AUSTIN (KXAN) — Four days before the Austin ISD Board of Trustees voted to close four schools, the district’s first-ever equity officer wrote the closure plan was created in a racist environment and emphasized money and buildings instead of the well-being of students and communities of color.
The report was controversially not included in the discussion on the night of the vote, preventing the board and the public from seeing it.
KXAN has obtained that report.
In “Austin ISD 2019 School Closures Proposal: Equity Analysis of Process, Principles & Practices,” Stephanie Hawley, argues against closing Pease, Brooke, Metz, and Sims elementary schools, writing “school closures and consolidations are not equity strategies. They are short-term and often short-sighted approaches to cost savings.”
Hawley wrote the AISD board rushed the process, did not get enough input from the community, and did not have time to go through enough anti-racism training before making such a large decision about a historically under-served area of the district.
“Paternalism remains a persistent attitude by leaders who ‘believe they know best’ for communities of color and economically disadvantaged communities in order to realize cost savings to reinvest into programming,” wrote Hawley.
Austin ISD leaders argue they are closing and consolidating schools to fix a chronic problem of under-enrolled schools. They say those demographics are the problem — they argue — not racism; there are simply not enough students and families in east Austin to support the number of schools there.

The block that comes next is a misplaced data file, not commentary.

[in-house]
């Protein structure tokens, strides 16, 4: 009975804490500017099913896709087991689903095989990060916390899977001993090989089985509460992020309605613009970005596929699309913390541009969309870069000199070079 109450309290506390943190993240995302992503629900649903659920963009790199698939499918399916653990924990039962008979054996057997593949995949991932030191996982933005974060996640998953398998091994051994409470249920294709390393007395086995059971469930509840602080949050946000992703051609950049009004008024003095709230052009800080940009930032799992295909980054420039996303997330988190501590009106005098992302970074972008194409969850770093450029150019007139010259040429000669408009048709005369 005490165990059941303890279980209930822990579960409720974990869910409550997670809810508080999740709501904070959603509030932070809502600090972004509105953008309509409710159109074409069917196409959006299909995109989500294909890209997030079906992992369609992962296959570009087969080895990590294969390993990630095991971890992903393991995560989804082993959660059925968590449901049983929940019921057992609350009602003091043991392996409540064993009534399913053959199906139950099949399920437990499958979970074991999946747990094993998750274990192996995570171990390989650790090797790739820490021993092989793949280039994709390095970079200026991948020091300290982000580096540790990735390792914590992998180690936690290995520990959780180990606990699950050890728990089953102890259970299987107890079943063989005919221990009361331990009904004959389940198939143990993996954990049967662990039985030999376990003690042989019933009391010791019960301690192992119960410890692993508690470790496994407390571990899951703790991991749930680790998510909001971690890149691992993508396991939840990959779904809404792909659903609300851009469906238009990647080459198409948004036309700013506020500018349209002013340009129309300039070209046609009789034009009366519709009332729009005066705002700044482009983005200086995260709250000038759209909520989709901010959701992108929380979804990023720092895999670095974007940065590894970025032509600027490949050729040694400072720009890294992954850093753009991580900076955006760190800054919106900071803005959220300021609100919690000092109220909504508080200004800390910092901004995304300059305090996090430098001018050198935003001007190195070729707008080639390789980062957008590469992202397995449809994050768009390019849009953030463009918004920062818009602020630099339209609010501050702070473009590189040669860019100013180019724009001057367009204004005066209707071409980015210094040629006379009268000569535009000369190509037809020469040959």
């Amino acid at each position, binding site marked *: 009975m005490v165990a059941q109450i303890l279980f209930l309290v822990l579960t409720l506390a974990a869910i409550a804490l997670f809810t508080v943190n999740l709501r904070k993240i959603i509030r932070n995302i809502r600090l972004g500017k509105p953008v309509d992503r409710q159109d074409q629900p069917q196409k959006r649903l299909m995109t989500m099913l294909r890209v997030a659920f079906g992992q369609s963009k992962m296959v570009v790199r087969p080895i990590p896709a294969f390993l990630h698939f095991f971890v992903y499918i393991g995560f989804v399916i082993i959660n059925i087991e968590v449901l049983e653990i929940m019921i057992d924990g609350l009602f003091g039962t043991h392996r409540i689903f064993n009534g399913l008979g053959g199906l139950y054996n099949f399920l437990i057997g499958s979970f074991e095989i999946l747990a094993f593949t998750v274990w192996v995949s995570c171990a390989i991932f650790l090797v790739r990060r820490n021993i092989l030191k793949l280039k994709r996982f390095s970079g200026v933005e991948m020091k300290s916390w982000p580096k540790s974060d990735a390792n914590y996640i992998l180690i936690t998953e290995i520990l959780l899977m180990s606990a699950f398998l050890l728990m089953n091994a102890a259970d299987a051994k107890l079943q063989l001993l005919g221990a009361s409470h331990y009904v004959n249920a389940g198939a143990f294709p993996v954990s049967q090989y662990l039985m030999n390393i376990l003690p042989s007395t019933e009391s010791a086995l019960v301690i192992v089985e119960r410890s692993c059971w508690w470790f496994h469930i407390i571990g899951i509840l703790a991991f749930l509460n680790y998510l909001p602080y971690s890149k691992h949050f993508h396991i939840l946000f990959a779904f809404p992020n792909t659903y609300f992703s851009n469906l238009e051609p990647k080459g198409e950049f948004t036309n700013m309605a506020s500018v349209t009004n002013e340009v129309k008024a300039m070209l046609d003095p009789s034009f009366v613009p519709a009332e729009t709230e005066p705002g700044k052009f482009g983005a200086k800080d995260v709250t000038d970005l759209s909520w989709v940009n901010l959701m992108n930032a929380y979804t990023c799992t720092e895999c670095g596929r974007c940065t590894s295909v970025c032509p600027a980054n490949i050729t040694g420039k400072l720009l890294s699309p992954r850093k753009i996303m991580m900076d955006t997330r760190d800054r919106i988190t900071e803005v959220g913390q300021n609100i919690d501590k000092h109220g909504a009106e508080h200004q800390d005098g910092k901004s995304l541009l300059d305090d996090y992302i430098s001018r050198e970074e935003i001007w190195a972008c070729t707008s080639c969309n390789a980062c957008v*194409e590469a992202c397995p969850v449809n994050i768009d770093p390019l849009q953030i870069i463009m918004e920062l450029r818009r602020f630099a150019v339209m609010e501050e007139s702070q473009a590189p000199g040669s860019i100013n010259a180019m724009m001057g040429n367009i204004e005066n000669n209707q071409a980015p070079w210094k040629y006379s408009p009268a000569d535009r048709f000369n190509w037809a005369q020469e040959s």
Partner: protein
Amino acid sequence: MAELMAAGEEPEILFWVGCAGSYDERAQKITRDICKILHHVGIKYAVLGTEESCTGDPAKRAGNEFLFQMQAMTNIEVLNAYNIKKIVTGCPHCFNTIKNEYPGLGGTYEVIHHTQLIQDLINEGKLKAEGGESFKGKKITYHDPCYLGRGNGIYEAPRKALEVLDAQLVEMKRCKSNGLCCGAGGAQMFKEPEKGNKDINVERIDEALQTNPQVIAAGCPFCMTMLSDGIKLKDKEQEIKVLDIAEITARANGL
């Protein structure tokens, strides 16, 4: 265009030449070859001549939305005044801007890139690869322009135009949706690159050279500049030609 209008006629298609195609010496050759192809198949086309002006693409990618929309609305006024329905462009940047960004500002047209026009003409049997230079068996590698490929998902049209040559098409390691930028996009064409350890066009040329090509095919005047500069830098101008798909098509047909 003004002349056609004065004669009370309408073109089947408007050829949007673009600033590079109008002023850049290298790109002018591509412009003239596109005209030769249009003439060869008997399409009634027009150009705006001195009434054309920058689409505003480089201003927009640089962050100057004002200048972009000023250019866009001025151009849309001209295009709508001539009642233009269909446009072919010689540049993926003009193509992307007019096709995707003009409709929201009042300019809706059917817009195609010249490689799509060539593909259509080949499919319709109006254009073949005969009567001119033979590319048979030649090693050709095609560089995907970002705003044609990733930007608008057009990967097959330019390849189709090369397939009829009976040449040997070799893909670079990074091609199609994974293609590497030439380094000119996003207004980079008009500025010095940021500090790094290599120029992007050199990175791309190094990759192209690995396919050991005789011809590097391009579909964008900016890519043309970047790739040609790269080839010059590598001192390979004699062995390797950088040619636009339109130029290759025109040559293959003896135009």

In her report, Hawley recommends redirecting bond money to restoring and modernizing the schools, change school boundaries and feeder patterns to bring students from other areas of town to east Austin, and bring in an external auditor to look at academics, finance, facilities and bond projects in the past decade.
“Developing hearts and minds for authentic collaboration may help us to identify better solutions than the top-down, white supremacy culture to which we have all been socialized,” wrote Hawley.
In a cover letter to the report released after KXAN requested a comment, Dr. Hawley wrote this report was supposed to be an internal document.
“The analysis is now public, however, it is not the report I had initially planned to release publicly. Having worked closely with the Austin ISD leadership team since August, I was preparing to finalize a comprehensive report about the process after the board vote and before the winter break this month. The report was intended to be used internally for introspection and reflection. The published report was rushed due to an urgent request from a board member and mounting public demands from families and the media,” wrote Dr. Hawley.
The night of the vote
On November 18, this report was not included in materials for public input and discussion despite some board members’ requests. AISD submits documents to be publically discussed a week before a board meeting. A district spokeswoman tells KXAN this report did not meet that deadline and was originally proposed to be an internal document before releasing it to the public.
The night of, Trustee Arati Singh called Hawley to speak to the report’s broad topics instead.
“The map that you have of the closures is a map of what 21st-Century racism looks like,” Hawley told the Board.
Hawley was hired by the district in June to raise the concerns of communities of color and immigrants. The board voted 6-to-3 to move forward with the closure and consolidation plan.
Eighty-nine people signed up to speak during the public comment session at the Monday board meeting. All of them spoke out against the plan.
Trustees Arati Singh, Ann Teich and LaTisha Anderson voted against the closures. The district said the closures and consolidations will allow it to save $3.78 million.